Ellen DeGeneres has been under heavy scrutiny in past weeks after allegations of behind-the-scenes behavior on her show. While many celebrities spoke out in support, many joined fans in being critical of the host and the environment she stood atop of in their opinion. Everybody Loves Raymond star Brad Garrett said the situation was well known and that the trouble usually starts at the top.
If that's true, how did DeGeneres avoid the ax after three of her producers were let go from the series? While Wednesday saw the three behind-the-scenes names were sent home following the investigation by WarnerMedia. DeGeneres was left untouched and offered an apology to those affected and promised to have more oversight in the culture at the show.
"I'm glad the issues at our show were brought to my attention. I promise to do my part in continuing to push myself and everyone around me to learn and grow," Ellen said. But as Terri Gerstein, director of the State and Local Enforcement Project at the Harvard Labor and Worklife Program, writes for NBC News, onlookers shouldn't be surprised by Ellen DeGeneres or her show spared by the network.
Echoing Garrett's comments, "the head honcho" is typically the responsible party for the culture and environment on set or the job site. But she's also the star of the show and the personality the entire show has been built around. According to Gerstein, she also fell into the same situation as many famous leaders and CEOs in the past.
Gerstein compares the comedian host to CEOs, both modern and historical, including Henry Ford and Donald Trump's former labor secretary pick Andrew Puzder. He was CEO of CKE Restaurants, parent to Hardee's ad Carl's Jr, and once said, "robots make better employees than people because they're always on time, don't take vacations and never sue the company."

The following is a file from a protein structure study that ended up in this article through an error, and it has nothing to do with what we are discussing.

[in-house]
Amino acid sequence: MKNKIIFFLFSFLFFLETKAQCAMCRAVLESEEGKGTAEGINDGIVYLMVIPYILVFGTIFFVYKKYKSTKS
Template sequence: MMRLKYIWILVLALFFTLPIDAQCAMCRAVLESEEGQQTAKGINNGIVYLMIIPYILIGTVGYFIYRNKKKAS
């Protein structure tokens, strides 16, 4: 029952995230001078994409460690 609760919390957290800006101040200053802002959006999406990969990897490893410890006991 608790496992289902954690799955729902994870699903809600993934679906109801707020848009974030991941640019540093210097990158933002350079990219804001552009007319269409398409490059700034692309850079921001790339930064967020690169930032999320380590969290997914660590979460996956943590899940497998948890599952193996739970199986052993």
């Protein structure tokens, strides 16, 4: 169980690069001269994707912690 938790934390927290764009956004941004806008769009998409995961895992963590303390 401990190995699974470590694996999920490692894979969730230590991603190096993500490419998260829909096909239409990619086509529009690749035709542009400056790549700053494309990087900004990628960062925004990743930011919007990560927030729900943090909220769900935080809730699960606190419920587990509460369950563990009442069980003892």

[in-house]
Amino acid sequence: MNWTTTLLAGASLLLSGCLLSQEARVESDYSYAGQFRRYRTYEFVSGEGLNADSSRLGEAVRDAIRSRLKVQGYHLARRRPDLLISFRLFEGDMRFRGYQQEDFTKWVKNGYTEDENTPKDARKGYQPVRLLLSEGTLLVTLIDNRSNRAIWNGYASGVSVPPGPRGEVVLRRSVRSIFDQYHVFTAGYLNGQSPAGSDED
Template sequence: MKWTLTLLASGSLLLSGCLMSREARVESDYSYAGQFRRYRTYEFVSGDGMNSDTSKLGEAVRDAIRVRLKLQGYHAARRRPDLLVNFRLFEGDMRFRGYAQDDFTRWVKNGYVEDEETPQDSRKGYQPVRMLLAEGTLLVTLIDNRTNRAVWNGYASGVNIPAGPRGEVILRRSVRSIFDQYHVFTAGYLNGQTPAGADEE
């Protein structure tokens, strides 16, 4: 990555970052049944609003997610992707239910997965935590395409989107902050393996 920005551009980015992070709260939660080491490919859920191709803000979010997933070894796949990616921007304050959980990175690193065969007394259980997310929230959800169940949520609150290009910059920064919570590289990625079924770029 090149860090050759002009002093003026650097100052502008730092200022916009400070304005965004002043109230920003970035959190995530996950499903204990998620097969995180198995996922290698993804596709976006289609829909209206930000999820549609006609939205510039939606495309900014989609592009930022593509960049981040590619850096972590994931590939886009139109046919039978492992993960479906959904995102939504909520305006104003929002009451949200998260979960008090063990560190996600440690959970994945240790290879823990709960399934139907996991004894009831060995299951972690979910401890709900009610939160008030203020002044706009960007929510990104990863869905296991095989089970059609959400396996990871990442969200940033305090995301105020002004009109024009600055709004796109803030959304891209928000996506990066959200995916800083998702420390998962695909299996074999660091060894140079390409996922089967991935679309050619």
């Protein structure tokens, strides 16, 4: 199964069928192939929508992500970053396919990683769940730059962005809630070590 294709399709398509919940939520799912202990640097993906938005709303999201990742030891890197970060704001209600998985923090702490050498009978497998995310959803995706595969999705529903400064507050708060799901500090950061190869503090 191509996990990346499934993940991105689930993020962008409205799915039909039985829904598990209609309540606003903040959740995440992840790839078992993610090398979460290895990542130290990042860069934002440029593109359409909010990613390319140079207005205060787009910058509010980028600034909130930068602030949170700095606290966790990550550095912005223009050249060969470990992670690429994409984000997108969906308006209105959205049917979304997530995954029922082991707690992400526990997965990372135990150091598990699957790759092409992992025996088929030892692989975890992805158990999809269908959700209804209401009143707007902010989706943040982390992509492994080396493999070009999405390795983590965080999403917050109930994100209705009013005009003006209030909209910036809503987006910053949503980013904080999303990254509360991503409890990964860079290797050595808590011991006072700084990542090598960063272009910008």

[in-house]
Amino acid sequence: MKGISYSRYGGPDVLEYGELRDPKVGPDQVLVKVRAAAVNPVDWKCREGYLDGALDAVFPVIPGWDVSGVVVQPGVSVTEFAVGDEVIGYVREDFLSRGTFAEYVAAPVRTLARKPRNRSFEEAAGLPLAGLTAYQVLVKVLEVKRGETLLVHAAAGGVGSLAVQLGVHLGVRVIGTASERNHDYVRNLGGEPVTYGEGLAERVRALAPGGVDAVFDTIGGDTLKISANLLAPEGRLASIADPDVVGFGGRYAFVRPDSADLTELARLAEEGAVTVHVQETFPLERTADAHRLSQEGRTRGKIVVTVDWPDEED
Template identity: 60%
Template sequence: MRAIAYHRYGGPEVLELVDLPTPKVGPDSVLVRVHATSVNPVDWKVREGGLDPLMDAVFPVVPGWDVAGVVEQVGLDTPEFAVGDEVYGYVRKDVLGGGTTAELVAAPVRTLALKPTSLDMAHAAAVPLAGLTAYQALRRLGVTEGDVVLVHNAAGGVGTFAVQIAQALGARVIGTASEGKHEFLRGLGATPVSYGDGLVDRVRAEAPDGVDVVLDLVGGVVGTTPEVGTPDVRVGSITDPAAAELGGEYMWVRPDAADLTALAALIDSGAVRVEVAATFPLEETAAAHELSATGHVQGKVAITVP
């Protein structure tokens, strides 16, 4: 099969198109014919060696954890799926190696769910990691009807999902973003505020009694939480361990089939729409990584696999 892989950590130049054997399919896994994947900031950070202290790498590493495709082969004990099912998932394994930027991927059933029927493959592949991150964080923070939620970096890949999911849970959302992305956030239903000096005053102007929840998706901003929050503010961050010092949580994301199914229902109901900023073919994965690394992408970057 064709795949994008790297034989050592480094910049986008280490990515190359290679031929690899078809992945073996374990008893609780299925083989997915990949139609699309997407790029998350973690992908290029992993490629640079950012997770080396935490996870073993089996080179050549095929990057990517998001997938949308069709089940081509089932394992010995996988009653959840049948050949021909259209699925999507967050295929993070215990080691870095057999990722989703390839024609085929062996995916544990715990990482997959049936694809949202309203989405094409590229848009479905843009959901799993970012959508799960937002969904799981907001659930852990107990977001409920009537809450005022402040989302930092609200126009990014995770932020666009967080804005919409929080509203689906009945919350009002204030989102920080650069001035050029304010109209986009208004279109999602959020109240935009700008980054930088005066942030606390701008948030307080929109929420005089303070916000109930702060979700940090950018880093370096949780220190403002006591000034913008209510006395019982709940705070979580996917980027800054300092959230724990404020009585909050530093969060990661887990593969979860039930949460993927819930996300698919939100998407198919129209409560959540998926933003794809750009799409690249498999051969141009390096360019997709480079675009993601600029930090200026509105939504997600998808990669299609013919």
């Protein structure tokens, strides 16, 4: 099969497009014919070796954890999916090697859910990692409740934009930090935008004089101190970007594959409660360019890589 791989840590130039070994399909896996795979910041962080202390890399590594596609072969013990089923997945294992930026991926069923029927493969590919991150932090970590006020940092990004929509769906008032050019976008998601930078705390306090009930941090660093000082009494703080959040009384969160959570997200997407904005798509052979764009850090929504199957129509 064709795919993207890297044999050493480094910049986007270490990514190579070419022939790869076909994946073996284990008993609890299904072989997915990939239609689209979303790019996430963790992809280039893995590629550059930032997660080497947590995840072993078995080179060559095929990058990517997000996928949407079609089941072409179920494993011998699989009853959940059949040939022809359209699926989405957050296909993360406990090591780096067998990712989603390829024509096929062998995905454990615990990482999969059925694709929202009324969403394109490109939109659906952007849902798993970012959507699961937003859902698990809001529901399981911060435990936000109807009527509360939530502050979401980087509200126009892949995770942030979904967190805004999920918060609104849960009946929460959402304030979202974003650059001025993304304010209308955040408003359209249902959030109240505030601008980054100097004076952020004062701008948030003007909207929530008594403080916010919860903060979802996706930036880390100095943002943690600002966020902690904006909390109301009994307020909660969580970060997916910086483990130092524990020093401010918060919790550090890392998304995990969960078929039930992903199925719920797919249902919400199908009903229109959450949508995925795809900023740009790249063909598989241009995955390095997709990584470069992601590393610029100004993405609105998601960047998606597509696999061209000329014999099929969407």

The piece from Gerstein also dives into what is needed on the broader labor discussions and changes that need to happen, using Ellen DeGeneres as a jumping point. This includes having a culture that isn't nurtured through fear and doesn't punish speaking up by employees.0comments
DeGeneres addressed the controversy and the exit of the three producers in a video apology on Monday. The host noted that she "wasn't perfect" but she seemed willing to ensure change did come to the show after the allegations.
"I'm a multi-layered person, and I try to be the best person I can be and I try to learn from my mistakes," DeGeneres said. "I'm hearing that some people felt that I wasn't kind or too short with them, or too impatient. I apologize to anybody if I've hurt your feelings in any way."